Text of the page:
- The Washington Times - Wednesday, July 29, 2009

In 1989, President George H.W. Bush vowed to apply traditional American values to make the United States “a kinder and gentler nation” — using our strength as “a force for good.” Twenty years later, that strength has been weakened by a faltering economy and the challenges of fighting two wars.

But Mr. Bush recognized that “kinder and gentler” did not always apply, particularly in dealing with Saddam Hussein. Yet, today, in the face of our greatest challenge — Islamic extremism — we choose to take a “kinder and gentler” approach toward fighting a brutal enemy’s ideology. This is underscored by the House Intelligence Committee’s June 17 announcement that it has launched a probe into the CIA’s handling of its al Qaeda leadership assassination program.

The investigation is to focus on whether the agency improperly withheld information from lawmakers.

The secret program — to use assassins to kill or capture senior terrorist leaders — was initiated eight years ago in the aftermath of the Sept. 11 attacks but never got beyond the discussion phase. Upon first learning of the program a month ago, CIA Director Leon Panetta immediately terminated it and briefed Congress.

Almost two decades ago, as I interrogated a senior Iraqi military officer captured during Desert Storm, he made an astute observation about Saddam Hussein. Comparing his brutal leader to a serpent, he said one cannot kill a snake without severing its head — a concept well understood within the Muslim world. It also should be well understood within the Western world in dealing with Islamic extremist leaders.

During the 20th century, the West confronted two kinds of leaders in the conduct of warfare.

There were civilian leaders who, as heads of state, were not involved in war-fighting decisions, which were left to their military. For this reason, leaders such as Japan’s Emperor Hirohito were never personally targeted during hostilities.

But there also were heads of state who, by their personal actions in taking a direct role in planning and implementing military and/or terrorist operations, catapulted themselves onto the battlefield, becoming “fair game.” Such targets have included Adolf Hitler during World War II, Saddam Hussein during Desert Storm and Moammar Gadhafi during his terrorist campaign of the 1980s.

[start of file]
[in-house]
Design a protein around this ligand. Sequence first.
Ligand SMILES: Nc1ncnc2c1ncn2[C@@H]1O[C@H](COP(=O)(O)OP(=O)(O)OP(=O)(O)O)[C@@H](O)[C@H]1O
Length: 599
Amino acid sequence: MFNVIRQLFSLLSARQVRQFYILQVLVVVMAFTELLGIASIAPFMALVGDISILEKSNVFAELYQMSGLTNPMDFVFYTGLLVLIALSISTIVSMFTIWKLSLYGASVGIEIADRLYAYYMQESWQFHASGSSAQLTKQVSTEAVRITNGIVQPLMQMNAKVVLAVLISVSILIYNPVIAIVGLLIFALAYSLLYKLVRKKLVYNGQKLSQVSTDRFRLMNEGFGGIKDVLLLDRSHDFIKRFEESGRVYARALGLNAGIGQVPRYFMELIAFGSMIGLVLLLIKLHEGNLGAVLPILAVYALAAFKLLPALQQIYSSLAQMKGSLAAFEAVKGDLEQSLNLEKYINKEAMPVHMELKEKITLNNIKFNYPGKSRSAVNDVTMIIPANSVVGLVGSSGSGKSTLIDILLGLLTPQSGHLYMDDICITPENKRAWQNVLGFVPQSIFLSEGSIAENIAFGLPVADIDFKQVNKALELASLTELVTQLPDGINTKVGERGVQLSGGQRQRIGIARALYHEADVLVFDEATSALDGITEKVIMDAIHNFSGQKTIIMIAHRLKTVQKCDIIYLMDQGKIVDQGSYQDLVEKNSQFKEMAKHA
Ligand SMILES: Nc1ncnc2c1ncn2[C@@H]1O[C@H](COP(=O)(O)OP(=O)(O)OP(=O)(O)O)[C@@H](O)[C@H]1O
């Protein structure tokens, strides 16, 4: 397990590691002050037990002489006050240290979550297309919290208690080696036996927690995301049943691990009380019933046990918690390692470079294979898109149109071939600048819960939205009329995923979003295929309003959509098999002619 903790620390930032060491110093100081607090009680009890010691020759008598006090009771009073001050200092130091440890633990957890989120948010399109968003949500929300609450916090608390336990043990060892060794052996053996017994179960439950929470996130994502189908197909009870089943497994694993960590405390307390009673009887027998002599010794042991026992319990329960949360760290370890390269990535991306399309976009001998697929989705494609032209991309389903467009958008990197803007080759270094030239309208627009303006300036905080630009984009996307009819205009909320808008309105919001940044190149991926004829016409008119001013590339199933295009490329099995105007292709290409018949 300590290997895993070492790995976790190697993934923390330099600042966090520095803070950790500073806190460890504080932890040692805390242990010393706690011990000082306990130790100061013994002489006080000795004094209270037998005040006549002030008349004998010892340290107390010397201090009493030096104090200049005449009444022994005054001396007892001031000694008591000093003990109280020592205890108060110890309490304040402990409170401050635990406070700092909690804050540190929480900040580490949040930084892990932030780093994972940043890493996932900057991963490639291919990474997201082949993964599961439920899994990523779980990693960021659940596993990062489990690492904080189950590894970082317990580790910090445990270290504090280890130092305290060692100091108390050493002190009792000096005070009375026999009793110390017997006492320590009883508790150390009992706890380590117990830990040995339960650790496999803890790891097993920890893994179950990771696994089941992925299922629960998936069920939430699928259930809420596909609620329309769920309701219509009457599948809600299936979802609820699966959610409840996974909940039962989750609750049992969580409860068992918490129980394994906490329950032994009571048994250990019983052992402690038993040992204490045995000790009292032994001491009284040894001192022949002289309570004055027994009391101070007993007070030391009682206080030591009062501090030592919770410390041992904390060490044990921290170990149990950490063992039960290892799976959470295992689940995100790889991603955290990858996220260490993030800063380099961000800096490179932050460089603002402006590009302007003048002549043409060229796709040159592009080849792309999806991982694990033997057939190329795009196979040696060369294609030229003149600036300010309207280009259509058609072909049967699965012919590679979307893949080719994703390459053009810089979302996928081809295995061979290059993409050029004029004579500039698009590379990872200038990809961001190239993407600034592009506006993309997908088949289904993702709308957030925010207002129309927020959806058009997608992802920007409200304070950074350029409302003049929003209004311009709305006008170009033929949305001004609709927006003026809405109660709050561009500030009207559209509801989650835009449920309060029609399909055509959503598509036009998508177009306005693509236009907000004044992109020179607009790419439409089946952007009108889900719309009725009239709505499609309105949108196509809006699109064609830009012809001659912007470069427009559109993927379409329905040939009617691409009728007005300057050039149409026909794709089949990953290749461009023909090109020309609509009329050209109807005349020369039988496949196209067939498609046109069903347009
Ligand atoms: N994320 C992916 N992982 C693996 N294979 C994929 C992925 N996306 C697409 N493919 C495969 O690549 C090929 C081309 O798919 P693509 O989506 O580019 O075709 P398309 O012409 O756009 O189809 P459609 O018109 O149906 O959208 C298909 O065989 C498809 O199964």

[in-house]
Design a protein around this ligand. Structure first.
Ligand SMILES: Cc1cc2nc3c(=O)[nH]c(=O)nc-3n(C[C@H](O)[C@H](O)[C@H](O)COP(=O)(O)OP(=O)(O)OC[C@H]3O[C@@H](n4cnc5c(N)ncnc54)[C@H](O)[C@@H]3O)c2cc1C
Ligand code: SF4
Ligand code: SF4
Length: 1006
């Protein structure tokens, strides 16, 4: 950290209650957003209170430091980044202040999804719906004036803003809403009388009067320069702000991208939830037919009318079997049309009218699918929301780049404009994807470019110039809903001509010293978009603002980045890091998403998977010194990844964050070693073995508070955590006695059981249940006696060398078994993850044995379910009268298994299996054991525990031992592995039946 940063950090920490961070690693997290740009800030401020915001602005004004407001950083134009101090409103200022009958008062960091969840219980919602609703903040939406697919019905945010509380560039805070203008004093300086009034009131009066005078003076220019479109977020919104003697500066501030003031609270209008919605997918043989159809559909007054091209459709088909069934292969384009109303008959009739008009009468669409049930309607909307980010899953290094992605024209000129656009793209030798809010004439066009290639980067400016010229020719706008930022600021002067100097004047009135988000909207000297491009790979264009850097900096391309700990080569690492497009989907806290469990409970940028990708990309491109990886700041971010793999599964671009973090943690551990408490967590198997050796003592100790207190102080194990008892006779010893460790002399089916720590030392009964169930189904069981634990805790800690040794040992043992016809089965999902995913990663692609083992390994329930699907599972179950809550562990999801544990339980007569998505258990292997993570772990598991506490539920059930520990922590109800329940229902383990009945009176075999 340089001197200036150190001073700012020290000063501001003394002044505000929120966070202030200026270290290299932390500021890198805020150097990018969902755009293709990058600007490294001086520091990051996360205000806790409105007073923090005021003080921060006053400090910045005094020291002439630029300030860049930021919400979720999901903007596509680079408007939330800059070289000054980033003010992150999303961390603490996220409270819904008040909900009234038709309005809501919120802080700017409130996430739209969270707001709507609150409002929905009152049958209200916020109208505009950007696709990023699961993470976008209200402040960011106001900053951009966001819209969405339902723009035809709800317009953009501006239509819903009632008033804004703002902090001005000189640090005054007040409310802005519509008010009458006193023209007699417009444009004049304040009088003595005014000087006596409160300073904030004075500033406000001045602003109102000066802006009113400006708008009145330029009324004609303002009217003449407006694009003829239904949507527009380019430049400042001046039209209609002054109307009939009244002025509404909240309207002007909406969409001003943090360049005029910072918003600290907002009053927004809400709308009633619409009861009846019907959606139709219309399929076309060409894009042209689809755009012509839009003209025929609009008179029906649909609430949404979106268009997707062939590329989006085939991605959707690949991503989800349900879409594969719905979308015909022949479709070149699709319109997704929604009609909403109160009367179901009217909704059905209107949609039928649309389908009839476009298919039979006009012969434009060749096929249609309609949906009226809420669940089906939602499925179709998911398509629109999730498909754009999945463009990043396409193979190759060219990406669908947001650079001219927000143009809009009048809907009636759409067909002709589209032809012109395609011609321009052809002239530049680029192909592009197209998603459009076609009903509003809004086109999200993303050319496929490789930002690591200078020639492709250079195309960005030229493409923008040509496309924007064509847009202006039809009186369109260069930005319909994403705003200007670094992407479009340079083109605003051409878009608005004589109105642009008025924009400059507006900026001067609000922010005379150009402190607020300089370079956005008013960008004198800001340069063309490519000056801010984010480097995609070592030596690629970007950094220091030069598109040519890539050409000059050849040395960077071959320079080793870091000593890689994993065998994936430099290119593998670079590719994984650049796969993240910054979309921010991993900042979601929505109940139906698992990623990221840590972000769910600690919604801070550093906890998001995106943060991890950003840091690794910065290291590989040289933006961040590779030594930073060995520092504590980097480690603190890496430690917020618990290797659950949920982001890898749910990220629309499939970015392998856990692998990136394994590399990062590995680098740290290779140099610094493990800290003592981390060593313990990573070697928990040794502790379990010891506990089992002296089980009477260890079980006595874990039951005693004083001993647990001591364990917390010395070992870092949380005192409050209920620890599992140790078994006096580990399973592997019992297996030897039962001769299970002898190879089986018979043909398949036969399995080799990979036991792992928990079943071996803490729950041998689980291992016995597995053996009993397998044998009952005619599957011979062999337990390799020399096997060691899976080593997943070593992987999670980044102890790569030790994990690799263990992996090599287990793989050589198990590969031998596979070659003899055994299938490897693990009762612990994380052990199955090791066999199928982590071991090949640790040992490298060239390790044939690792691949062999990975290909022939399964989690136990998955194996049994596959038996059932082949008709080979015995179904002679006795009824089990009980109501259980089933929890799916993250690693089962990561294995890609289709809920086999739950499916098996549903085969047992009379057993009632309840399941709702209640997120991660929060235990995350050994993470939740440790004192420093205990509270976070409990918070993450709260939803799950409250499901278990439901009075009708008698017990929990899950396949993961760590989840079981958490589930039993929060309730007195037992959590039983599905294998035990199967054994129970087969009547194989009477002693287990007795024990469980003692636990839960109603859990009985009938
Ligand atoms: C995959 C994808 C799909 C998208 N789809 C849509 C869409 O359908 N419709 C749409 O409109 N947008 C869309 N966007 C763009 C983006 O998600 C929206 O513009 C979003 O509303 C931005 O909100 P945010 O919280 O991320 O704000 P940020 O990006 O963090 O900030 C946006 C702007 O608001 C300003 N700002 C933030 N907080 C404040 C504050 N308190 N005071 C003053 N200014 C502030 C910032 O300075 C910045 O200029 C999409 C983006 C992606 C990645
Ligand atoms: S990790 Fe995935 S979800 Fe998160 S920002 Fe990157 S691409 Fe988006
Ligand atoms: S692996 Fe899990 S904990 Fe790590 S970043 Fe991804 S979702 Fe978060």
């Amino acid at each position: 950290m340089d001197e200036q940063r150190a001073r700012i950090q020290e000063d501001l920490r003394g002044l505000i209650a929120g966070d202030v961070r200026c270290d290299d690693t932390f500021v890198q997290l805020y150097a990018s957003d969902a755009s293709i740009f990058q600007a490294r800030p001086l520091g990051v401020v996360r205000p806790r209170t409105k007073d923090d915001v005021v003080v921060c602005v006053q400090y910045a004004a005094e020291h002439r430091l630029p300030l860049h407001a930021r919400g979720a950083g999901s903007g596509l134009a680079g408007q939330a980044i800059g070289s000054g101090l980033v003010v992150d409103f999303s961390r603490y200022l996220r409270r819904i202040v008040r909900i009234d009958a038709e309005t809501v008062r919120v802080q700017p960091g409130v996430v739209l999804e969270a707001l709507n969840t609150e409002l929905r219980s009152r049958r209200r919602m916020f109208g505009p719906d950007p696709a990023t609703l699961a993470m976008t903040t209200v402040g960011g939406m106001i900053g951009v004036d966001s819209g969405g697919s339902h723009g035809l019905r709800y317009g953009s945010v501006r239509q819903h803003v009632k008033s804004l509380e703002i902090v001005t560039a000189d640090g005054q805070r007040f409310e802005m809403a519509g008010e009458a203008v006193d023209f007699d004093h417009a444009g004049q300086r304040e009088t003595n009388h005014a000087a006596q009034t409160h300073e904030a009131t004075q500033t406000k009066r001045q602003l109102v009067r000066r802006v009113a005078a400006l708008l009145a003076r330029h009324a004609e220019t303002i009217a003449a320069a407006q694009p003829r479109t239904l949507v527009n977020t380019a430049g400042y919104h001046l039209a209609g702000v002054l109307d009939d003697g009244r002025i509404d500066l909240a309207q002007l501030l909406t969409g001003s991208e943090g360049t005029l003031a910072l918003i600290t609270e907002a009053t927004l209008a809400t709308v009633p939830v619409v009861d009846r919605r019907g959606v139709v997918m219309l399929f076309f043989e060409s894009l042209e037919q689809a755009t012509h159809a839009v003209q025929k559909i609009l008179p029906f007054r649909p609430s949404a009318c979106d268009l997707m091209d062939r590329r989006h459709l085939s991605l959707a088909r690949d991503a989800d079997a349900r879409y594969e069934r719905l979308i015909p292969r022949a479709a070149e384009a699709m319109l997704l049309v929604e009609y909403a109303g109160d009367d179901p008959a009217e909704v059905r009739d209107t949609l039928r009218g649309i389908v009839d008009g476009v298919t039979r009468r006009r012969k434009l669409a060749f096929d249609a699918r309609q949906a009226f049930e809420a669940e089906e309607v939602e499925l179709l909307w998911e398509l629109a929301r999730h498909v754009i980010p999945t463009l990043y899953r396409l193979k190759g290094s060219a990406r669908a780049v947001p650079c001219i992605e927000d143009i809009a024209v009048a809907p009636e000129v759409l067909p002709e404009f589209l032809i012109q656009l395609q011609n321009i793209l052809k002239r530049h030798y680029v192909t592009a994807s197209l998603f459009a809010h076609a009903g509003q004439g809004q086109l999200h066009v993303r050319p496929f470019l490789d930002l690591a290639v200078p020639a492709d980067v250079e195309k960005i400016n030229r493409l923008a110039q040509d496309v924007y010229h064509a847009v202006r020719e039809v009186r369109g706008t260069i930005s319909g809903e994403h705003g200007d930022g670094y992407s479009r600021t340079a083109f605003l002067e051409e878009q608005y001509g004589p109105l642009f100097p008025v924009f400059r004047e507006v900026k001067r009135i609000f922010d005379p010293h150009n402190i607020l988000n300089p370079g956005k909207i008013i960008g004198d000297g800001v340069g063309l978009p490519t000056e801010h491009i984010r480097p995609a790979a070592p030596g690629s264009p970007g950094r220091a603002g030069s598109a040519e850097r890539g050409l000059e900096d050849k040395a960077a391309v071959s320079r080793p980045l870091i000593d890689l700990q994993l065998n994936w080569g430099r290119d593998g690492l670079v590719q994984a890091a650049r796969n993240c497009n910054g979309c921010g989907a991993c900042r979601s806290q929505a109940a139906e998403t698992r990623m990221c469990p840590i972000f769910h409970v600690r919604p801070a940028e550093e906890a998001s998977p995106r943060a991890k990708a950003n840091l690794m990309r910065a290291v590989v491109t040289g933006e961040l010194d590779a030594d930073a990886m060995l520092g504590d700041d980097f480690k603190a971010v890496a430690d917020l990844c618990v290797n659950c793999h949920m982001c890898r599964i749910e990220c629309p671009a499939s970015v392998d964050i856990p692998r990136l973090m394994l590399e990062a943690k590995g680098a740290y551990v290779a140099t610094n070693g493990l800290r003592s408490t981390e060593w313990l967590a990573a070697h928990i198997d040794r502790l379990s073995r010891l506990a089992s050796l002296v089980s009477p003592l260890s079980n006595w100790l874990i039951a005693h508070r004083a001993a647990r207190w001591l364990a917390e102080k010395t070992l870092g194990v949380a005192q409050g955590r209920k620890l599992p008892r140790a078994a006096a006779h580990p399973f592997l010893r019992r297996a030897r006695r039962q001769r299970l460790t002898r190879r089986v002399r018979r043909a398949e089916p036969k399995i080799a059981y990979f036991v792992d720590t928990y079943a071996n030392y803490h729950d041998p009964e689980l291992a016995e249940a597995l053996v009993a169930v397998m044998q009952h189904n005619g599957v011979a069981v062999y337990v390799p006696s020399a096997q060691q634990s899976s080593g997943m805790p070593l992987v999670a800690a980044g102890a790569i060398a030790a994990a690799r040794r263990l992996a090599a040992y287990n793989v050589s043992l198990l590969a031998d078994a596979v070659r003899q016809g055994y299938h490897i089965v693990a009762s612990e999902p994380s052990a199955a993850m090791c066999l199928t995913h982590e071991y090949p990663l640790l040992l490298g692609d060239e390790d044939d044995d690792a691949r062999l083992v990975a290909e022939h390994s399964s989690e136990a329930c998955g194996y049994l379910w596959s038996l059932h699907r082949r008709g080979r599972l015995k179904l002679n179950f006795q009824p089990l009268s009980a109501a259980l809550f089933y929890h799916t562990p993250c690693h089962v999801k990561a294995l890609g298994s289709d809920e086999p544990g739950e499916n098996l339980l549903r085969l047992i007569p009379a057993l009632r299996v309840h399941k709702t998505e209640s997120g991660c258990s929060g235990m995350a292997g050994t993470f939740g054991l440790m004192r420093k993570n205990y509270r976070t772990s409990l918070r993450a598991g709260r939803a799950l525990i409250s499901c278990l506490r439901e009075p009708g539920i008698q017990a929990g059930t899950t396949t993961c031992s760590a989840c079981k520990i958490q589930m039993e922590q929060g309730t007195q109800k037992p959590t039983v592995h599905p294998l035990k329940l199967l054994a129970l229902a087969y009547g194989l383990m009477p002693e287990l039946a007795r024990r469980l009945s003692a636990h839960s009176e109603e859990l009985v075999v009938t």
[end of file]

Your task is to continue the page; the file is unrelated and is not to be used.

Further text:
There should be no doubt al Qaeda’s leadership falls into the latter category. Its terrorist leaders represent the head of the snake and, as such, will continue to strike unless the head is severed.

Precisely for this reason, the leadership of both al Qaeda and the Taliban have been targeted for attack by U.S. unmanned aerial vehicles (drones) in Pakistan, Afghanistan and elsewhere. These attacks, authorized during President George W. Bush’s watch, have been continued on President Obama’s watch because they have killed at least a dozen leaders.

The attacks so unnerved Taliban leader Baitullah Mehsud that in May he threatened a devastating attack upon the United States if they continued. Undoubtedly, the fact that a drone, flying thousands of feet high where it cannot be seen or heard by terrorist leaders, can silently strike at any time has caused them some sleepless nights.

But how is a program targeting terrorist leadership for assassination by drone any different from the CIA’s assassination program now targeted by the House for investigation? While Congress undoubtedly was briefed on the terrorist-slaying drone program before implementation, it is doubtful a briefing was done before an effective implementation plan was firmly in place. Similarly, no effective implementation plan has yet been structured for the CIA’s assassination program; therefore, no briefing is yet required.

While it may give politicians a good feeling to launch this congressional probe into the CIA’s program, they need to understand the downside. The 1976 hearings chaired by Democratic Sen. Frank Church of Idaho to investigate domestic surveillance and other illegal activities by U.S. intelligence agencies had a chilling effect on legal intelligence and counterintelligence operations. As such, it eventually impacted upon our ability 25 years later to read the tea leaves in time to be forewarned about the events of Sept. 11, 2001.

Though there were some excesses by U.S. intelligence agencies in the 1970s, it is critical that we also recognize that congressional probes, by their very nature, impact on future effectiveness by limiting decisions to undertake legal activities. That probably is why the CIA’s assassination program existed conceptually but not in practice. The link between concept and practice is a plan for implementation. Again, none yet existed for this program; therefore, neither did a duty to advise Congress.

A “kinder and gentler” approach has pampered Islamic extremist prisoners at the Guantanamo Bay detention center, too, creating a country-club atmosphere in which they have gained an average 20 pounds each (one in excess of 100 pounds) because of the “good life.”

Hearings were held there recently for Sept. 11 suspects. One, Mustafa Ahmed al Hawsawi, made a mockery of court proceedings by conducting himself inappropriately. This is a suspect to whom the “kinder and gentler” approach has gone to a ridiculous extreme, as his guard carried with him a pillow to place on Hawsawi’s chair for his viewing comfort. As Hawsawi was led back out of the courtroom, his guard followed with pillow in tow.

Our “kinder and gentler” approach toward terrorists is making it difficult for Americans to comprehend that we are a nation at war fighting an enemy whose ultimate goal is our total annihilation.

James G. Zumwalt, a Marine veteran of the Persian Gulf and Vietnam wars, is a contributor to The Washington Times.

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